Winter viral infections raise Covid fears in Bengaluru
A surge in viral infections in the city has created a never-before fear as Covid-19 threats lurks and a clear picture emerges only after a patient undergoes multiple tests
Bengaluru: A surge in viral infections in the city has created a never-before fear as Covid-19 threats lurks and a clear picture emerges only after a patient undergoes multiple tests.
Recently, a patient with a fever approached Apollo Specialty Hospitals, Jayanagar. After three Covid tests in a span of four days, including one rapid antigen and two RT-PCR, he underwent a CT-scan which did not point to coronavirus. However, one of the symptoms was indicative of a viral infection or typhoid. The patient was treated for typhoid and he got better. The doctors at Apollo say that several patients are approaching them with complaints of fever and testing negative for Covid. Within three days the fever subsides with paracetamol.
Dr Ravindra M Mehta, Senior Consultant & HOD - Pulmonology & Interventional Pulmonology, Apollo Specialty Hospitals, attributes the jump in viral cases to winter season.
"Before Covid-19, there have been many other viruses such as influenza, H1N1, Rota and a bunch of others. Though viral cases see a surge as temperatures dip in winter, the prevailing Covid-19 is sending the chill down the spine of people. If a patient tests negative for Covid-19, then a clinical call has to be taken to assess the condition which is easier, often because of the isolation requirements of Covid-19 and the lack of treatment options," Mehta explains.
He says given the season for viruses the clinical picture does get confusing and the Covid infection is ruled out only after tests. However, there have been cases where Covid-19 gets aggravated and leads to patients having typhoid. Mehta warns with more viruses around, for instance, even the dengue has grown with the mosquito season and other typical conditions like malaria will also come at this time.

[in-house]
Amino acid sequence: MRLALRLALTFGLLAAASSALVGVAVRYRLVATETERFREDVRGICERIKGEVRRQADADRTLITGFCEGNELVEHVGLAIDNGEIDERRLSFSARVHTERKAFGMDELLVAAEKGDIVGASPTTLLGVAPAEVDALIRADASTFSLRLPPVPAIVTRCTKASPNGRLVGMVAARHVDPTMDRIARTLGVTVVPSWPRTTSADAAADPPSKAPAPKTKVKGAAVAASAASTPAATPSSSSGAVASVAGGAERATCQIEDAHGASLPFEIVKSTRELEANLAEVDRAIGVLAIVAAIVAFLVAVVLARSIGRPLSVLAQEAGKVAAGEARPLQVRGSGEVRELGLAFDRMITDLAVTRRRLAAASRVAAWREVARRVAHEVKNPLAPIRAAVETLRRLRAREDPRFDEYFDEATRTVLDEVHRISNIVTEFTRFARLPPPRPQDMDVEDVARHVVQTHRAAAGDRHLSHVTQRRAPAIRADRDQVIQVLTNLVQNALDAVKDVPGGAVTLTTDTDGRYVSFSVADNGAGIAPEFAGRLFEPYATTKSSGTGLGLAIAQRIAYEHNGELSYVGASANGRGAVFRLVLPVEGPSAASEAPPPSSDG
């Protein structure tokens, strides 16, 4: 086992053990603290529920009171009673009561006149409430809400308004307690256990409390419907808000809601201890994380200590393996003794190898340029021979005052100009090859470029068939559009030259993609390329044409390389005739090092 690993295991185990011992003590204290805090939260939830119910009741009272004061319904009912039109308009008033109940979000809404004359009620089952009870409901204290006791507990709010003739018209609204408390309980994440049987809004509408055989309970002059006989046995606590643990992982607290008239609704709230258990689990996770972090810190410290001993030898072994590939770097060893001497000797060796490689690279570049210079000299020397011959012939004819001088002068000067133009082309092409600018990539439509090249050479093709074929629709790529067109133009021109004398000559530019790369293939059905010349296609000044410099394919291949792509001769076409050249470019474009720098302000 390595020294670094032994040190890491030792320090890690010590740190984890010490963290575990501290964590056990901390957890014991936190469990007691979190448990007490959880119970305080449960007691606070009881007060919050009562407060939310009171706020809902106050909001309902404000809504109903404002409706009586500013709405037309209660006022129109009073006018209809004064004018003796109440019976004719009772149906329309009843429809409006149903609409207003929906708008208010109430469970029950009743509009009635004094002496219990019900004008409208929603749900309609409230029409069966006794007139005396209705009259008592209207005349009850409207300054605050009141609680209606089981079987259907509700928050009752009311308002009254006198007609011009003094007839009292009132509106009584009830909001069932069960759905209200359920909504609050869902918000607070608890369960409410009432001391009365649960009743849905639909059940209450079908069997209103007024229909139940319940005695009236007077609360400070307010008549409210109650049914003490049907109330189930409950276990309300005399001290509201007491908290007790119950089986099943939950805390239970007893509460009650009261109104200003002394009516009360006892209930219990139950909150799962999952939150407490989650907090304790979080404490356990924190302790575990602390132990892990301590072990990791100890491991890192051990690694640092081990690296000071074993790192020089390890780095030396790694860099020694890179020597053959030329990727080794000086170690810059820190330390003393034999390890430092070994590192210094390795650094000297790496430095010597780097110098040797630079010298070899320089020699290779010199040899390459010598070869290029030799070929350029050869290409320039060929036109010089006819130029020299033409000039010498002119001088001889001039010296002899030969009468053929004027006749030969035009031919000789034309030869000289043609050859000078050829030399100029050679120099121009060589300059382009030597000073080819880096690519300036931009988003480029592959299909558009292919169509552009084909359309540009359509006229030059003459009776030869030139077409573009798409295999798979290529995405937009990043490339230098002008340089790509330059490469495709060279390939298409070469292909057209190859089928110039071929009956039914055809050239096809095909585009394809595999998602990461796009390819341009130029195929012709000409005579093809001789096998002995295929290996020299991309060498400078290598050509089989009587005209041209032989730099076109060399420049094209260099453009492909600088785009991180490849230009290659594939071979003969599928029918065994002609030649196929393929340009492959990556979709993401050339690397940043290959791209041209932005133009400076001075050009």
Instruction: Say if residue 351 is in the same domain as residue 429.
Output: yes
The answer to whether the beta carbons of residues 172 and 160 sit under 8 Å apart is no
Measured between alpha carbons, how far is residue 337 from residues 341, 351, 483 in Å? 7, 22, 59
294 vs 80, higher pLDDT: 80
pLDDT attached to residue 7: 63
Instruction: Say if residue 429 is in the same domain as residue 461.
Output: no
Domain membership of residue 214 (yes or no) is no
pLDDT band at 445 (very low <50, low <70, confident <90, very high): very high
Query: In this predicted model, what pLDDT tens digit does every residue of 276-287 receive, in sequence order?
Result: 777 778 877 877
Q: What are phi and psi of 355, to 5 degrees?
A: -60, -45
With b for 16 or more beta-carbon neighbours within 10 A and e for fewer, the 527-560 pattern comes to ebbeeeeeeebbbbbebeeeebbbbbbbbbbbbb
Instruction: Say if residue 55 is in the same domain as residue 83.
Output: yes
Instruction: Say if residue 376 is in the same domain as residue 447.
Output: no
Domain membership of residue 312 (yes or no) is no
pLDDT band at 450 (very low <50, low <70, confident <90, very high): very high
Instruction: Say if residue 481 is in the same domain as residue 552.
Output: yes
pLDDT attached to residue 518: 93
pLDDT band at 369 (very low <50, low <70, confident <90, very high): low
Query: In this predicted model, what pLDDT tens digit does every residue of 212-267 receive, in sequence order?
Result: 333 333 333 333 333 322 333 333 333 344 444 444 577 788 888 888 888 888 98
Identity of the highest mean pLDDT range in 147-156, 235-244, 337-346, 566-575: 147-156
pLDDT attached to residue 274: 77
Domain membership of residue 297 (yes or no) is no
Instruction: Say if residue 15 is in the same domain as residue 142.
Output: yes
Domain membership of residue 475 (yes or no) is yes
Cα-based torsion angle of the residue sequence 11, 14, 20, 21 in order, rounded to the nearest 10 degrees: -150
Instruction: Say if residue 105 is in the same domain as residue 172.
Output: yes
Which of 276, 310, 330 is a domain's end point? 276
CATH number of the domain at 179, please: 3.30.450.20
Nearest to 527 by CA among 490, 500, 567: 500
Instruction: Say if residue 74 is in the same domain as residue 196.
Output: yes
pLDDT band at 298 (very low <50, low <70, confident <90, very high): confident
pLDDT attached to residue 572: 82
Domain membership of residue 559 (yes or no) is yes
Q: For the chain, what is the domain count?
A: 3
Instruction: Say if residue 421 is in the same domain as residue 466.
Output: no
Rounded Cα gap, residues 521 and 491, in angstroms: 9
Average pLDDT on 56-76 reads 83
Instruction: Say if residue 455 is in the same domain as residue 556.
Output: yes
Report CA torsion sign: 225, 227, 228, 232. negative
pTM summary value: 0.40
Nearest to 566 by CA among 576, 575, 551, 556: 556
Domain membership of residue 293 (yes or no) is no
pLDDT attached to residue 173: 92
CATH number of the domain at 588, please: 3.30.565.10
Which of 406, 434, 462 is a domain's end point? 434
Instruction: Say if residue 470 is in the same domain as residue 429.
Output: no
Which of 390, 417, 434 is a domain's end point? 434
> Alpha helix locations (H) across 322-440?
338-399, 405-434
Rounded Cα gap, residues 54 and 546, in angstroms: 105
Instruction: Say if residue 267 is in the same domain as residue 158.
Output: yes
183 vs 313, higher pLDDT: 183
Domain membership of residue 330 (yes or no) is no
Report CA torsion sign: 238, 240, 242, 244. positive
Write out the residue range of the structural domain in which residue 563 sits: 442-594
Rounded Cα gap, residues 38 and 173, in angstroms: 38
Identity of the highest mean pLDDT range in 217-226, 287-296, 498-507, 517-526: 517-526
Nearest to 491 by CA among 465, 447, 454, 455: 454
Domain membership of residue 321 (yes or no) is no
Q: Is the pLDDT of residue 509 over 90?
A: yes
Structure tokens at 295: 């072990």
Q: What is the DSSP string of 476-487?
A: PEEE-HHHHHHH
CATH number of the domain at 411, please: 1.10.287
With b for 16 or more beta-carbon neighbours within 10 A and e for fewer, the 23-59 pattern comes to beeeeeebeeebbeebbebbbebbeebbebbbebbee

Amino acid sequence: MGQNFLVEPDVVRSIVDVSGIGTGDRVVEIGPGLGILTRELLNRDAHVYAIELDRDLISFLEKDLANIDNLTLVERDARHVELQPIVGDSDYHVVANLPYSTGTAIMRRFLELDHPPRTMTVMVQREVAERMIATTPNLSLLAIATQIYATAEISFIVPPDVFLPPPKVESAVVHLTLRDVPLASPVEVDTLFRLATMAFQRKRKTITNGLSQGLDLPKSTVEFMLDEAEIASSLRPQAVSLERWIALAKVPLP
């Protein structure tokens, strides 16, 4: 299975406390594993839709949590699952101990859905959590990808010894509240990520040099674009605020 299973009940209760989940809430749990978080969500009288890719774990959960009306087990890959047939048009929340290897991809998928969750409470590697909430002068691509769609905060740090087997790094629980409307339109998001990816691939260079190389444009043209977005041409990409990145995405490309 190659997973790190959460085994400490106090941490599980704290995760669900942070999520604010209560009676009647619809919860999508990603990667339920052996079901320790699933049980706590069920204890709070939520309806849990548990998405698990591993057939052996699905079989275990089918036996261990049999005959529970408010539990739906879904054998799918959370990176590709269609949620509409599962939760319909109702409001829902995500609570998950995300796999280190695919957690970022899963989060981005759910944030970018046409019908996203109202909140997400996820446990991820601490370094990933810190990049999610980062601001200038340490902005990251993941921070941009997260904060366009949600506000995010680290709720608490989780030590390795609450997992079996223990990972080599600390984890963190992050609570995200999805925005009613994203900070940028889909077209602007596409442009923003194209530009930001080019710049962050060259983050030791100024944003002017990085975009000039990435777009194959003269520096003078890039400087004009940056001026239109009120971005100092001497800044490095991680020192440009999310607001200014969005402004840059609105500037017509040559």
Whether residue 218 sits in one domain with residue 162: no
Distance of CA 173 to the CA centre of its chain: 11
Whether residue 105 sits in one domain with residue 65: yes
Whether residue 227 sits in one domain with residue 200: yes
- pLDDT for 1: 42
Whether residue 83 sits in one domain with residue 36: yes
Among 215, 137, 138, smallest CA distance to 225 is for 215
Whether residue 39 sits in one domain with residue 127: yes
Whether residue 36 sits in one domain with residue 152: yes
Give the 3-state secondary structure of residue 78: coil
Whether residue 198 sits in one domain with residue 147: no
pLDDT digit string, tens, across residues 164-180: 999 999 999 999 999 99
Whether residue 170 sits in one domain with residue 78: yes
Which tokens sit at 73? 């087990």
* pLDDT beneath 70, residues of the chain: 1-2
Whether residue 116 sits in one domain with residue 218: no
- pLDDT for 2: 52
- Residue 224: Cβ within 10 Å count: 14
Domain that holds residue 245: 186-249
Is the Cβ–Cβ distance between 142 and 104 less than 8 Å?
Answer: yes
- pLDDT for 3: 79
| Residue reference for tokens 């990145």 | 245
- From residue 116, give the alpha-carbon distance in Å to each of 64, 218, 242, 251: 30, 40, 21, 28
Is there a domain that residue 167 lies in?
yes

"The tests for typhoid are of two types: acute rapid test or the blood culture. We have seen that there is a false positive rapid test for typhoid which often comes with Covid-19 and may or not indicate typhoid. But we have seen this co-existence in the original days of Covid-19 when we were investigating all sorts of fever. However, whether typhoid directly has a high incidence with COVID-19 is not known. So, tests are coming positive on the acute rapid test, but they may or may not indicate typhoid fever. Treatment has to be given on clinical fronts," he says.
In the past several months Covid infection symptoms have grown manifold, some of which are stroke, kawasaki disease and purple toe rashes. "Symptoms like Kawasaki and other multi-system conditions are showing up because Covid-19 affects the vascular system. So when blood vessels are affected wherever they supply, those organs can get affected and if it goes to the brain, it causes stroke, if it goes to the heart, it causes Myocarditis, if it goes to the periphery, it is called chilblains and so on. That is part of the Covid pathophysiology, we have been seeing these all through the COVID-19 season and it is something we have both learnt to look for, treat and tackle. Yes, it does complicate the picture, but that has been the complicated picture of COVID-19, anyway," Mehta says.